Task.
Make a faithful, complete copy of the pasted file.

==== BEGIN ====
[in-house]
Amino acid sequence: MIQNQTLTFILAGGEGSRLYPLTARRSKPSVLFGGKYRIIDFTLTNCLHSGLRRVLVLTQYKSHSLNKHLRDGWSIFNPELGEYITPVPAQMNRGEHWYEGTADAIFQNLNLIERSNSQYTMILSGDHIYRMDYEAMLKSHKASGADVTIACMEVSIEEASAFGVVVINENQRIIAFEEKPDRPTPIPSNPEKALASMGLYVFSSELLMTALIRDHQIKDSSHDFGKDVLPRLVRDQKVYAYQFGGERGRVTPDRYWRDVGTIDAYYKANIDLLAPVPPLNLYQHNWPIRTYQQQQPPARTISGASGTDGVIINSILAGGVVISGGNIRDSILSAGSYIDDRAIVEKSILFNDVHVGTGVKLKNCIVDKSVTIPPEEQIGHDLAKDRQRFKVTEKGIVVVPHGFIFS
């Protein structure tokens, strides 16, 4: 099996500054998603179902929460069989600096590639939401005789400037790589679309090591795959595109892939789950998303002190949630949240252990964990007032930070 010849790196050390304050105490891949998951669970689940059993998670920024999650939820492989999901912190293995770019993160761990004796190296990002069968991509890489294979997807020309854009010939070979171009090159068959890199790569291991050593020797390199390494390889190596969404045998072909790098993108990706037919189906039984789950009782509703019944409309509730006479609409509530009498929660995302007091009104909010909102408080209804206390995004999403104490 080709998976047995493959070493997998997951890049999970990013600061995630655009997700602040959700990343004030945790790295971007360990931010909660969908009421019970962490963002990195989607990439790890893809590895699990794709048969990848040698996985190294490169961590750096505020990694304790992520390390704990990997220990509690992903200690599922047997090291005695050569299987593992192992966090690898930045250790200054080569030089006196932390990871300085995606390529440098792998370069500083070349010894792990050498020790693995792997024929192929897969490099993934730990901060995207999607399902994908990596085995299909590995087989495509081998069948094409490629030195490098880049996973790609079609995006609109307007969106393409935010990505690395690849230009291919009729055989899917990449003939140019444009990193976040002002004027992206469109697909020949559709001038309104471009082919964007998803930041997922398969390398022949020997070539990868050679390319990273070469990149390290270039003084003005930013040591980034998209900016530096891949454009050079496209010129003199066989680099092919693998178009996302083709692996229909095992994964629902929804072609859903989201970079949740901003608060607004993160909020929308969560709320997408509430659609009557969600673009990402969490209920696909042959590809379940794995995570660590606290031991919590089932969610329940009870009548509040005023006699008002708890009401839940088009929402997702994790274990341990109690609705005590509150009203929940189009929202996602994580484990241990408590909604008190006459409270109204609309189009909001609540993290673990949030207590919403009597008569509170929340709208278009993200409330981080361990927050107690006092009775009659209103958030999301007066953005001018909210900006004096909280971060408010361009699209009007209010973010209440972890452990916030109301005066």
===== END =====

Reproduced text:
[in-house]
Amino acid sequence: MIQNQTLTFILAGGEGSRLYPLTARRSKPSVLFGGKYRIIDFTLTNCLHSGLRRVLVLTQYKSHSLNKHLRDGWSIFNPELGEYITPVPAQMNRGEHWYEGTADAIFQNLNLIERSNSQYTMILSGDHIYRMDYEAMLKSHKASGADVTIACMEVSIEEASAFGVVVINENQRIIAFEEKPDRPTPIPSNPEKALASMGLYVFSSELLMTALIRDHQIKDSSHDFGKDVLPRLVRDQKVYAYQFGGERGRVTPDRYWRDVGTIDAYYKANIDLLAPVPPLNLYQHNWPIRTYQQQQPPARTISGASGTDGVIINSILAGGVVISGGNIRDSILSAGSYIDDRAIVEKSILFNDVHVGTGVKLKNCIVDKSVTIPPEEQIGHDLAKDRQRFKVTEKGIVVVPHGFIFS
């Protein structure tokens, strides 16, 4: 099996500054998603179902929460069989600096590639939401005789400037790589679309090591795959595109892939789950998303002190949630949240252990964990007032930070 010849790196050390304050105490891949998951669970689940059993998670920024999650939820492989999901912190293995770019993160761990004796190296990002069968991509890489294979997807020309854009010939070979171009090159068959890199790569291991050593020797390199390494390889190596969404045998072909790098993108990706037919189906039984789950009782509703019944409309509730006479609409509530009498929660995302007091009104909010909102408080209804206390995004999403104490 080709998976047995493959070493997998997951890049999970990013600061995630655009997700602040959700990343004030945790790295971007360990931010909660969908009421019970962490963002990195989607990439790890893809590895699990794709048969990848040698996985190294490169961590750096505020990694304790992520390390704990990997220990509690992903200690599922047997090291005695050569299987593992192992966090690898930045250790200054080569030089006196932390990871300085995606390529440098792998370069500083070349010894792990050498020790693995792997024929192929897969490099993934730990901060995207999607399902994908990596085995299909590995087989495509081998069948094409490629030195490098880049996973790609079609995006609109307007969106393409935010990505690395690849230009291919009729055989899917990449003939140019444009990193976040002002004027992206469109697909020949559709001038309104471009082919964007998803930041997922398969390398022949020997070539990868050679390319990273070469990149390290270039003084003005930013040591980034998209900016530096891949454009050079496209010129003199066989680099092919693998178009996302083709692996229909095992994964629902929804072609859903989201970079949740901003608060607004993160909020929308969560709320997408509430659609009557969600673009990402969490209920696909042959590809379940794995995570660590606290031991919590089932969610329940009870009548509040005023006699008002708890009401839940088009929402997702994790274990341990109690609705005590509150009203929940189009929202996602994580484990241990408590909604008190006459409270109204609309189009909001609540993290673990949030207590919403009597008569509170929340709208278009993200409330981080361990927050107690006092009775009659209103958030999301007066953005001018909210900006004096909280971060408010361009699209009007209010973010209440972890452990916030109301005066």